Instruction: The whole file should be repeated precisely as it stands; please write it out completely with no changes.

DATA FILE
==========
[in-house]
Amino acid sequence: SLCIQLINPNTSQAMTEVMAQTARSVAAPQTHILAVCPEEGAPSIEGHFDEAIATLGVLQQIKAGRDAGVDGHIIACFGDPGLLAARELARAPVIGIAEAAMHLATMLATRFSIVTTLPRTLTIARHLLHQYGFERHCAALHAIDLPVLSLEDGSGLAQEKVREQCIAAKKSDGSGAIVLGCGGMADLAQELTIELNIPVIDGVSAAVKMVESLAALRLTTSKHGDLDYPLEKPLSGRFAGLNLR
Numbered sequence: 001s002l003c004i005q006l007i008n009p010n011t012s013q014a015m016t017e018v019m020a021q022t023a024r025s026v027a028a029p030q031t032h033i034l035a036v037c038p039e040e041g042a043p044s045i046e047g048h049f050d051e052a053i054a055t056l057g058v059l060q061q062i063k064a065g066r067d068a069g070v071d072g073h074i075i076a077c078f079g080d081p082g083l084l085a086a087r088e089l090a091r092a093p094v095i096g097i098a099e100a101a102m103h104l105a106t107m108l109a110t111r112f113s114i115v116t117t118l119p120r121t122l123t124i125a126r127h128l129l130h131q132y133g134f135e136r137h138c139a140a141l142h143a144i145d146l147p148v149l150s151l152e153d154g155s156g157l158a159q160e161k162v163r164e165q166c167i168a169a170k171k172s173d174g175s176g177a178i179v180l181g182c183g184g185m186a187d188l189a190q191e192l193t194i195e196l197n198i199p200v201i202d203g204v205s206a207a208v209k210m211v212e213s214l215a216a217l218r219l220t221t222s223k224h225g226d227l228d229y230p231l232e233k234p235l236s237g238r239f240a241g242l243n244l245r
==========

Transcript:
[in-house]
Amino acid sequence: SLCIQLINPNTSQAMTEVMAQTARSVAAPQTHILAVCPEEGAPSIEGHFDEAIATLGVLQQIKAGRDAGVDGHIIACFGDPGLLAARELARAPVIGIAEAAMHLATMLATRFSIVTTLPRTLTIARHLLHQYGFERHCAALHAIDLPVLSLEDGSGLAQEKVREQCIAAKKSDGSGAIVLGCGGMADLAQELTIELNIPVIDGVSAAVKMVESLAALRLTTSKHGDLDYPLEKPLSGRFAGLNLR
Numbered sequence: 001s002l003c004i005q006l007i008n009p010n011t012s013q014a015m016t017e018v019m020a021q022t023a024r025s026v027a028a029p030q031t032h033i034l035a036v037c038p039e040e041g042a043p044s045i046e047g048h049f050d051e052a053i054a055t056l057g058v059l060q061q062i063k064a065g066r067d068a069g070v071d072g073h074i075i076a077c078f079g080d081p082g083l084l085a086a087r088e089l090a091r092a093p094v095i096g097i098a099e100a101a102m103h104l105a106t107m108l109a110t111r112f113s114i115v116t117t118l119p120r121t122l123t124i125a126r127h128l129l130h131q132y133g134f135e136r137h138c139a140a141l142h143a144i145d146l147p148v149l150s151l152e153d154g155s156g157l158a159q160e161k162v163r164e165q166c167i168a169a170k171k172s173d174g175s176g177a178i179v180l181g182c183g184g185m186a187d188l189a190q191e192l193t194i195e196l197n198i199p200v201i202d203g204v205s206a207a208v209k210m211v212e213s214l215a216a217l218r219l220t221t222s223k224h225g226d227l228d229y230p231l232e233k234p235l236s237g238r239f240a241g242l243n244l245r